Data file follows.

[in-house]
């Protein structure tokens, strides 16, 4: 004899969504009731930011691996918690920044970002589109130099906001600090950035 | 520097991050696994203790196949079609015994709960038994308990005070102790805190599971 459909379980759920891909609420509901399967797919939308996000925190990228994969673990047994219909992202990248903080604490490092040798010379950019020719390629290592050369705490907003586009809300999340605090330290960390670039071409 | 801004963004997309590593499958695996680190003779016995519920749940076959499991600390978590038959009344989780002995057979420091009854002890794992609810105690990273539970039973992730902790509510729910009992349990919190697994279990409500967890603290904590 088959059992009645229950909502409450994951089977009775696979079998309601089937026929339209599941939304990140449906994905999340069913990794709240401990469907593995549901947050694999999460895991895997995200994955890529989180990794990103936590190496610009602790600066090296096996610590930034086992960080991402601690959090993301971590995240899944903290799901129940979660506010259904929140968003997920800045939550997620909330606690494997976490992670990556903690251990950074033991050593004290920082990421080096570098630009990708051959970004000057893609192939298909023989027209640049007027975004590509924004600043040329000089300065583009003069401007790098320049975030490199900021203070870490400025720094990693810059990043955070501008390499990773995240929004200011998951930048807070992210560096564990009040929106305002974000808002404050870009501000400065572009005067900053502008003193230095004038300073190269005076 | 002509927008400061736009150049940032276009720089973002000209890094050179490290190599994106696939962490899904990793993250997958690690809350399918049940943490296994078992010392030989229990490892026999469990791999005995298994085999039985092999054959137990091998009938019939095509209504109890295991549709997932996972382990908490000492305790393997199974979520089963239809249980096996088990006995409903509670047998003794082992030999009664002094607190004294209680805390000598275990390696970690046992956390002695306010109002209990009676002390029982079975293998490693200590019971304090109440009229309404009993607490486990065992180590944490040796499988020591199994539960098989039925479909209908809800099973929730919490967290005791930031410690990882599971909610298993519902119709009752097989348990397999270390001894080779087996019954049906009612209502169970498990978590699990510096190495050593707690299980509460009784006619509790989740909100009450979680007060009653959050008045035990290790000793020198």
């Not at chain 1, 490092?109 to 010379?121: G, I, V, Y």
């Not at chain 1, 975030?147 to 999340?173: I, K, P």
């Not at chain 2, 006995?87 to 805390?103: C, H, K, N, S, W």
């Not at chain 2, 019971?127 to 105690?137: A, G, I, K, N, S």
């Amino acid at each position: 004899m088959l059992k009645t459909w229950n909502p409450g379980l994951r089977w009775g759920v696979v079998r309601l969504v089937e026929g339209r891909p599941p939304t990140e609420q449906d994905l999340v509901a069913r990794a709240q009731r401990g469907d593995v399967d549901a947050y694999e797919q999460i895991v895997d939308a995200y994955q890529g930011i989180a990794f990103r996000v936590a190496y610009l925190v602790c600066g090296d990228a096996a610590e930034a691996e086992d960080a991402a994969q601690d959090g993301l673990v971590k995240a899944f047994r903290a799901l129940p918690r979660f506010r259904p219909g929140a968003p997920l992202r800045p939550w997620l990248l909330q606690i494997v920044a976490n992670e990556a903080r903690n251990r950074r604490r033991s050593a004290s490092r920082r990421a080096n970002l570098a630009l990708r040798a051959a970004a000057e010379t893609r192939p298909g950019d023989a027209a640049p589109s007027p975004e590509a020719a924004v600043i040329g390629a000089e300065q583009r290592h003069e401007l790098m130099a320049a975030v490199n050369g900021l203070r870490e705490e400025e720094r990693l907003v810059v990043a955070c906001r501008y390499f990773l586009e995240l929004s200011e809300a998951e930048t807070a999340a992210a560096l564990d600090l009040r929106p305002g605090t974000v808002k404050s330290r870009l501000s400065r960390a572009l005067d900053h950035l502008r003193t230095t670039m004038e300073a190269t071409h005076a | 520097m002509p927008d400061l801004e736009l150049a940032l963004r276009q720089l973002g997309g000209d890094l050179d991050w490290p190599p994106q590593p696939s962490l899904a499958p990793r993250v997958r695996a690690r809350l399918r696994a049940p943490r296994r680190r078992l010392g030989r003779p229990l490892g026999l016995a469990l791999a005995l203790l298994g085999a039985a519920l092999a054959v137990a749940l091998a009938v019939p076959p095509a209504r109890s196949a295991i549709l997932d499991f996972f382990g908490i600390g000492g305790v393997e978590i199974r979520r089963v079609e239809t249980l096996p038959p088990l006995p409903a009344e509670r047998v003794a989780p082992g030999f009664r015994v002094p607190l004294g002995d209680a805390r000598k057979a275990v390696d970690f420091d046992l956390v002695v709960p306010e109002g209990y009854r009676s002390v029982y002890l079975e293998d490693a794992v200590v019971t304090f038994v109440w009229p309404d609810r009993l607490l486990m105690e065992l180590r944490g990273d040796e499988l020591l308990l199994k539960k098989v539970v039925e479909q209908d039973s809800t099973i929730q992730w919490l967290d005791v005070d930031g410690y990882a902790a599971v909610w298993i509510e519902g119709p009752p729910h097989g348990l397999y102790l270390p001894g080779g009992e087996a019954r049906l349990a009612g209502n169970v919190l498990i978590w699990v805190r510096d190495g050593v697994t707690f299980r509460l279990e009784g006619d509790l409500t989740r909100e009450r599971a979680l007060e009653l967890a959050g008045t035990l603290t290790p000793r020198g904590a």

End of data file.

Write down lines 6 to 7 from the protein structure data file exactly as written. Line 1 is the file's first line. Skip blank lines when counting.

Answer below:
């Not at chain 2, 019971?127 to 105690?137: A, G, I, K, N, S």
């Amino acid at each position: 004899m088959l059992k009645t459909w229950n909502p409450g379980l994951r089977w009775g759920v696979v079998r309601l969504v089937e026929g339209r891909p599941p939304t990140e609420q449906d994905l999340v509901a069913r990794a709240q009731r401990g469907d593995v399967d549901a947050y694999e797919q999460i895991v895997d939308a995200y994955q890529g930011i989180a990794f990103r996000v936590a190496y610009l925190v602790c600066g090296d990228a096996a610590e930034a691996e086992d960080a991402a994969q601690d959090g993301l673990v971590k995240a899944f047994r903290a799901l129940p918690r979660f506010r259904p219909g929140a968003p997920l992202r800045p939550w997620l990248l909330q606690i494997v920044a976490n992670e990556a903080r903690n251990r950074r604490r033991s050593a004290s490092r920082r990421a080096n970002l570098a630009l990708r040798a051959a970004a000057e010379t893609r192939p298909g950019d023989a027209a640049p589109s007027p975004e590509a020719a924004v600043i040329g390629a000089e300065q583009r290592h003069e401007l790098m130099a320049a975030v490199n050369g900021l203070r870490e705490e400025e720094r990693l907003v810059v990043a955070c906001r501008y390499f990773l586009e995240l929004s200011e809300a998951e930048t807070a999340a992210a560096l564990d600090l009040r929106p305002g605090t974000v808002k404050s330290r870009l501000s400065r960390a572009l005067d900053h950035l502008r003193t230095t670039m004038e300073a190269t071409h005076a | 520097m002509p927008d400061l801004e736009l150049a940032l963004r276009q720089l973002g997309g000209d890094l050179d991050w490290p190599p994106q590593p696939s962490l899904a499958p990793r993250v997958r695996a690690r809350l399918r696994a049940p943490r296994r680190r078992l010392g030989r003779p229990l490892g026999l016995a469990l791999a005995l203790l298994g085999a039985a519920l092999a054959v137990a749940l091998a009938v019939p076959p095509a209504r109890s196949a295991i549709l997932d499991f996972f382990g908490i600390g000492g305790v393997e978590i199974r979520r089963v079609e239809t249980l096996p038959p088990l006995p409903a009344e509670r047998v003794a989780p082992g030999f009664r015994v002094p607190l004294g002995d209680a805390r000598k057979a275990v390696d970690f420091d046992l956390v002695v709960p306010e109002g209990y009854r009676s002390v029982y002890l079975e293998d490693a794992v200590v019971t304090f038994v109440w009229p309404d609810r009993l607490l486990m105690e065992l180590r944490g990273d040796e499988l020591l308990l199994k539960k098989v539970v039925e479909q209908d039973s809800t099973i929730q992730w919490l967290d005791v005070d930031g410690y990882a902790a599971v909610w298993i509510e519902g119709p009752p729910h097989g348990l397999y102790l270390p001894g080779g009992e087996a019954r049906l349990a009612g209502n169970v919190l498990i978590w699990v805190r510096d190495g050593v697994t707690f299980r509460l279990e009784g006619d509790l409500t989740r909100e009450r599971a979680l007060e009653l967890a959050g008045t035990l603290t290790p000793r020198g904590a």